56. Demonstration 3.2 (Parisot, Demonstrationes, 1:101, 10–11).
57. Demonstration 3.7 (Parisot, Demonstrationes, 1:113, 12–22).
58. Demonstration 3.16 (Parisot, Demonstrationes, 1:136, 12–14).
59. Demonstration 14.4 (Parisot, Demonstrationes, 1:169, 16–23).
60. Demonstration 4.13 (Parisot, Demonstrationes, 1:165, 16).
61. Demonstration 2.20 (Parisot, Demonstrationes, 1:96, 3–4).
62. Demonstration 6.1 (Parisot, Demonstrationes, 1:245, 21).
63. Demonstration 6.17 (Parisot, Demonstrationes, 1:301, 11–16).
64. Parisot, Demonstrationes, 1:304, 11–12.
65. Here, of course, Aphrahat’s Jewish interlocutors might have protested that the ritual observance of the law is precisely intended to facilitate the observance of the “deeper” law, rather than being an end in itself.
66. Demonstration 18.6 (Parisot, Demonstrationes, 1:832, 21–23).
67. Demonstration 18.3 (Parisot, Demonstrationes, 1:824, 7–9).
68. Parisot, Demonstrationes, 1:837, 3–5, 11–14.
69. Demonstration 18.10 (Parisot, Demonstrationes, 1:840, 15–16).
70. Demonstration 18.11 (Parisot, Demonstrationes, 1:840, 26–1:841, 2). Though this particular interpretation of Gen 2.24 is not mentioned in the discussion of the passage in Elizabeth Clark’s Reading Renunciation: Asceticism and Scripture in Early Christianity (Princeton, NJ: Princeton University Press, 1999), 182–83, Aphrahat’s approach to the passage appears to be close to that of Jerome and John Chrysostom (among many others), who thought that marriage represented a fallen state. Not surprisingly, it is here, in his defense of virginity and celibacy against Jewish criticisms, that Aphrahat is forced to give the most ascetic reading of the Old Testament in all of the Demonstrations. Elsewhere, ascetic exegesis rarely figures prominently: Aphrahat’s moral and historical orientation does not require it. The main exception to this rule is found in Demonstration 7.18–22, where Aphrahat gives an ascetic reading of Judg 7.1–8: Gideon choosing men for war is compared to the leaders of the church guiding select candidates into ascetic warfare. A less prominent example is Aphrahat’s attribution of “pure fasting” to a series of Old Testament figures (see 3.2). This, however, is ascetic reading with a twist, since what he is attributing to them is not literal fasting, but rather the purity of heart that literal fasting, at best, facilitates. Even when Aphrahat has the luxury of examples of literal fasting (that is, Moses and Elijah; see 3.3), the important thing is that they “fasted purely” and thus were able to function effectively as God’s servants.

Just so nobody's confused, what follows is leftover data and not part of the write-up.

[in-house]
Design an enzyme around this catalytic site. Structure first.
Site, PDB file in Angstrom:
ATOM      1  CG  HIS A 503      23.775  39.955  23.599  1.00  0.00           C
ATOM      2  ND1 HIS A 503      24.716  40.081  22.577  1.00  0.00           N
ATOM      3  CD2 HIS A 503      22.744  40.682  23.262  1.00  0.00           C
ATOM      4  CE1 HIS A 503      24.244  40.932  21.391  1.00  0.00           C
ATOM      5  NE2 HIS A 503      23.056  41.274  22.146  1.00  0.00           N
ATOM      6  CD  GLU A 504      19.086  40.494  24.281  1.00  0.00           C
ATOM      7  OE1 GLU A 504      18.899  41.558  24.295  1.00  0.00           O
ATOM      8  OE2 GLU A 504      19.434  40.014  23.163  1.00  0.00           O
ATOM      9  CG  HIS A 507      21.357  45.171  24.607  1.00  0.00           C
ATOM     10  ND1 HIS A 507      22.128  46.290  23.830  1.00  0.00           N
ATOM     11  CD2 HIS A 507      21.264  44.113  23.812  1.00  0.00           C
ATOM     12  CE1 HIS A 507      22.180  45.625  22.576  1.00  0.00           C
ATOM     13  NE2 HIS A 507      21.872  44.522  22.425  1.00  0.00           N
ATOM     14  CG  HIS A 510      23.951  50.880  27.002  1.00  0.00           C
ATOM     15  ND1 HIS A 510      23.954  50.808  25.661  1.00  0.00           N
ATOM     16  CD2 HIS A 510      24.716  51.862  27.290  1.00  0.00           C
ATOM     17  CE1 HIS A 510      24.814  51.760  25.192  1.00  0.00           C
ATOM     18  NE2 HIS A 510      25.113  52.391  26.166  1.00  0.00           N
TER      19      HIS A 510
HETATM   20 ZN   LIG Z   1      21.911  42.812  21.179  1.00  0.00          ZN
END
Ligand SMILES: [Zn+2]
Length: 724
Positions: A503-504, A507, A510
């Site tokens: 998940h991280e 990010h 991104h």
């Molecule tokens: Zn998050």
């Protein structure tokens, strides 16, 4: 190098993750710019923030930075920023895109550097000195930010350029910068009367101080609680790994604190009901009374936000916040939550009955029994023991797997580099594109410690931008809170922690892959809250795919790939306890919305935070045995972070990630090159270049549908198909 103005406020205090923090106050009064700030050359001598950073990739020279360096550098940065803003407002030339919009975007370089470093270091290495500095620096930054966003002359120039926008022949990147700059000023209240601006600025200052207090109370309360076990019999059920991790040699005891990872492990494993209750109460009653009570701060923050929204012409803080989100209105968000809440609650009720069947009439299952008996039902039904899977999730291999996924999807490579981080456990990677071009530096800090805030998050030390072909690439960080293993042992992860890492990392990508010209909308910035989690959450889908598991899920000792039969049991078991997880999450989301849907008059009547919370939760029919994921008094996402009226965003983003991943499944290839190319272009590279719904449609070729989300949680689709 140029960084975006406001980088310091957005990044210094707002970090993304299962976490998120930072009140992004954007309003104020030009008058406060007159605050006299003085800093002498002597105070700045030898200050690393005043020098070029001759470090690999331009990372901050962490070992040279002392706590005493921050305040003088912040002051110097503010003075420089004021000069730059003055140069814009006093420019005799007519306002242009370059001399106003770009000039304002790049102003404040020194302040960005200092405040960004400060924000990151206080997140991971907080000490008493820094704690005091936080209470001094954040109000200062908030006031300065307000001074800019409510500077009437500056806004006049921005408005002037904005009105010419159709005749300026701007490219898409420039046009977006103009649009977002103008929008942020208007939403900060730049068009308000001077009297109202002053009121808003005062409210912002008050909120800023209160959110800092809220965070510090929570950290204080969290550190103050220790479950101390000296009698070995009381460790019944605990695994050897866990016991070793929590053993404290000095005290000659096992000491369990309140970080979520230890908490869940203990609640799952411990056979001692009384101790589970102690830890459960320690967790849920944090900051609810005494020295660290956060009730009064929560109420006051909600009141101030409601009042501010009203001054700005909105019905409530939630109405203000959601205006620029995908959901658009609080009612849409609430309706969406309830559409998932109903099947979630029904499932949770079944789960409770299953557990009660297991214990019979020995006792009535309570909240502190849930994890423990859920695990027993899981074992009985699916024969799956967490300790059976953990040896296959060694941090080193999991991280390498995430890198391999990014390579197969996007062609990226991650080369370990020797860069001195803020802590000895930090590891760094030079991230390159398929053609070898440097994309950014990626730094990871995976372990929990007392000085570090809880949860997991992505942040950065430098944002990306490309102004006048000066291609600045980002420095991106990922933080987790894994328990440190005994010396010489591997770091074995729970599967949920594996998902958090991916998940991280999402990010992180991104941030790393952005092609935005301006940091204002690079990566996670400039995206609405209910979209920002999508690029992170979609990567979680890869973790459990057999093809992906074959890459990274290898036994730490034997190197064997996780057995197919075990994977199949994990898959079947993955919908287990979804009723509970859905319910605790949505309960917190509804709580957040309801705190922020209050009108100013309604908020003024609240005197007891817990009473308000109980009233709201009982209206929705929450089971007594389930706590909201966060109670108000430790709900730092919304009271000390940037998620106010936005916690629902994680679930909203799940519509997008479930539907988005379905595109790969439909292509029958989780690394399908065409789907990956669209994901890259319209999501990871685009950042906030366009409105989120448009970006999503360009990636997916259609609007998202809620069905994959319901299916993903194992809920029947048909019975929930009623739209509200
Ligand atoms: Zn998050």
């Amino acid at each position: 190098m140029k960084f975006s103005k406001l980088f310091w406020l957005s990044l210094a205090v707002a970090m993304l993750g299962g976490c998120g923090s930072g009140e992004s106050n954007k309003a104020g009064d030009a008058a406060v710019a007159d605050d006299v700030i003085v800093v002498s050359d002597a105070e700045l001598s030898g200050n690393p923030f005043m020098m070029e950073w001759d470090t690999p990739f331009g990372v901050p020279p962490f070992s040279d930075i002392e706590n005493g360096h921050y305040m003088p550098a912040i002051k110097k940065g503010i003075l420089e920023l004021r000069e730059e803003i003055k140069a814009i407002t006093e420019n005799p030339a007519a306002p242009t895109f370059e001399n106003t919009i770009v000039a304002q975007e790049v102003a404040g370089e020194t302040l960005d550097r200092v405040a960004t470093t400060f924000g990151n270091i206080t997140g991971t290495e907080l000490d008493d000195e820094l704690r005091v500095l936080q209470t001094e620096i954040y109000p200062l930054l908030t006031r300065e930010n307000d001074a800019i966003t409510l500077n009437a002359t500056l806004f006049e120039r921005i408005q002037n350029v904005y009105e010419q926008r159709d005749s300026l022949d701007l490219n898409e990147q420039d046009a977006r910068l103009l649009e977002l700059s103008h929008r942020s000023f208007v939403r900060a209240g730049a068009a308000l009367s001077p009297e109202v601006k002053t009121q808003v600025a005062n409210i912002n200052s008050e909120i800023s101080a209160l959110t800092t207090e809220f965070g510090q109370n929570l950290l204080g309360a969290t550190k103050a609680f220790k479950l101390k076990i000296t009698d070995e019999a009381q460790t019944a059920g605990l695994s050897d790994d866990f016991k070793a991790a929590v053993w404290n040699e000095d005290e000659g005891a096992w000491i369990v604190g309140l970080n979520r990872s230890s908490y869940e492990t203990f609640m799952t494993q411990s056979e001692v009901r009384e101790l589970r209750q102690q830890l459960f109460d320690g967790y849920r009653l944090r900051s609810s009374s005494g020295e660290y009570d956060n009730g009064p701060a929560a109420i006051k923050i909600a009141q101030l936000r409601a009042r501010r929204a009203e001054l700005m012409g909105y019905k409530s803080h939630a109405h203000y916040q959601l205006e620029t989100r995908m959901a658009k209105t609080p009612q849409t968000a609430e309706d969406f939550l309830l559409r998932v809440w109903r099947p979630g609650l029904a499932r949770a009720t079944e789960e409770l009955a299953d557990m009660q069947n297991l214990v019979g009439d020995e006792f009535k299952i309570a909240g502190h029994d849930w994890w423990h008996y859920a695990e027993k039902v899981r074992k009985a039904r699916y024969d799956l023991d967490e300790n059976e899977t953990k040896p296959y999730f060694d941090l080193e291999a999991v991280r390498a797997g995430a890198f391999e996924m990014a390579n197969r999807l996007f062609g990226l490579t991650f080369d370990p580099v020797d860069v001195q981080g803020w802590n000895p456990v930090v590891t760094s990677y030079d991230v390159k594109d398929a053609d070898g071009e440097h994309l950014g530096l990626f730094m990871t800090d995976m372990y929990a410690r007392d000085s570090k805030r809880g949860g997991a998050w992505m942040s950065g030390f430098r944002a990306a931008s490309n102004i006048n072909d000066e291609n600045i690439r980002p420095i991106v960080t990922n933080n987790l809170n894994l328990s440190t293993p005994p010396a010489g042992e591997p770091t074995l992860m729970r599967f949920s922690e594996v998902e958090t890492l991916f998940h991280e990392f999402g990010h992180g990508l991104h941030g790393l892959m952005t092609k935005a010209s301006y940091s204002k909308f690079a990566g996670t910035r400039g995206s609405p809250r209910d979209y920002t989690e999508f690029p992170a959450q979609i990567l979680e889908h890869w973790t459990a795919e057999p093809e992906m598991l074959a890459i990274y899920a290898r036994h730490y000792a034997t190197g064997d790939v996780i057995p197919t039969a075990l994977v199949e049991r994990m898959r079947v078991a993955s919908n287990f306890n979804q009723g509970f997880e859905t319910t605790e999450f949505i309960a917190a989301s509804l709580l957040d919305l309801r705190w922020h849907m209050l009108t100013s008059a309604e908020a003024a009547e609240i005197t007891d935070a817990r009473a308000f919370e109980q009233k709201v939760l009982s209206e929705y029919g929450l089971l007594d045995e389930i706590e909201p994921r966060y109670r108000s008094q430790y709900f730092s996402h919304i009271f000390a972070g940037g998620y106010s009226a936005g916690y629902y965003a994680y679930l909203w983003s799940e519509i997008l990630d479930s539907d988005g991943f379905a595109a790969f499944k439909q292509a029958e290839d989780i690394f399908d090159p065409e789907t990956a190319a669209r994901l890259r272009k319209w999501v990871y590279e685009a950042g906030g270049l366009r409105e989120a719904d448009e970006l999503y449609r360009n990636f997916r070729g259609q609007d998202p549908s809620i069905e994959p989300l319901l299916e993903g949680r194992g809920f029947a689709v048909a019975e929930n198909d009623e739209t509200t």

71. Parisot, Demonstrationes, 1:841, 19–1:844, 5.
72. Naomi Koltun-Fromm has suggested that “Aphrahat perceived his celibate vocation as a divinely commanded obligation” (“Yokes of the Holy Ones,” 215). This is true only indirectly. Insofar as virginity, for example, is a gift, it cannot be considered a general law. But if virginity enables the select few to follow the law of love more closely, then by extension we might say (though, in a polemical context, Aphrahat avoids this formulation) that it is “commanded” for those few. Earlier in her article Koltun-Fromm states, “A comparison between Aphrahat’s ‘yoke’ and various rabbinic ‘yokes’ illuminates how Aphrahat’s Christianity and rabbinic Judaism share common Semitic exegetical patterns and methodology. The yoke’s embodiment in ritualized practice—celibacy for Aphrahat and Torah-study and commandment-fulfillment for the rabbis—enables these biblical exegetes to pursue analogous paths to holiness in a post-Temple existence.” Koltun-Fromm’s general point is well-taken, but it is a mistake to suggest that Torah-study and commandment fulfillment are not important for Aphrahat. As we have seen, Aphrahat is comfortable with the designation of the Decalogue as Christ’s “easy yoke,” and his self-designation as a “disciple of the holy scriptures” (22.26) should be taken seriously.